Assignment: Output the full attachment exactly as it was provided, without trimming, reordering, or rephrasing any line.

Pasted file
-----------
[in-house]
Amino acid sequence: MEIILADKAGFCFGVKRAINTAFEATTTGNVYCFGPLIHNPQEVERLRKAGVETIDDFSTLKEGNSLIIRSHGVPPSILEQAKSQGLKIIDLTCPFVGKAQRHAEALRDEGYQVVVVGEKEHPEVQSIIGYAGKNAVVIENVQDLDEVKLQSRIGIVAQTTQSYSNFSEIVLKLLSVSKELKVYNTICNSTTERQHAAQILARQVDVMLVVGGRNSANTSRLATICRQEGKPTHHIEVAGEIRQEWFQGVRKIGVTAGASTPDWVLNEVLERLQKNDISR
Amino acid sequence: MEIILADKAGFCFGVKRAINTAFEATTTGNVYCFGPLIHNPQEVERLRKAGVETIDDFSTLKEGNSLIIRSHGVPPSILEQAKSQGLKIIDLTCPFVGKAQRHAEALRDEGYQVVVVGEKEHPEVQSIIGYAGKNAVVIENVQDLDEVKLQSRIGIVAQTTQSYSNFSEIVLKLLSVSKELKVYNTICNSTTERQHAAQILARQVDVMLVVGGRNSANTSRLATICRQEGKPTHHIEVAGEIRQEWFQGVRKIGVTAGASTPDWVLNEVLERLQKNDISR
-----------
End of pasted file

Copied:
[in-house]
Amino acid sequence: MEIILADKAGFCFGVKRAINTAFEATTTGNVYCFGPLIHNPQEVERLRKAGVETIDDFSTLKEGNSLIIRSHGVPPSILEQAKSQGLKIIDLTCPFVGKAQRHAEALRDEGYQVVVVGEKEHPEVQSIIGYAGKNAVVIENVQDLDEVKLQSRIGIVAQTTQSYSNFSEIVLKLLSVSKELKVYNTICNSTTERQHAAQILARQVDVMLVVGGRNSANTSRLATICRQEGKPTHHIEVAGEIRQEWFQGVRKIGVTAGASTPDWVLNEVLERLQKNDISR
Amino acid sequence: MEIILADKAGFCFGVKRAINTAFEATTTGNVYCFGPLIHNPQEVERLRKAGVETIDDFSTLKEGNSLIIRSHGVPPSILEQAKSQGLKIIDLTCPFVGKAQRHAEALRDEGYQVVVVGEKEHPEVQSIIGYAGKNAVVIENVQDLDEVKLQSRIGIVAQTTQSYSNFSEIVLKLLSVSKELKVYNTICNSTTERQHAAQILARQVDVMLVVGGRNSANTSRLATICRQEGKPTHHIEVAGEIRQEWFQGVRKIGVTAGASTPDWVLNEVLERLQKNDISR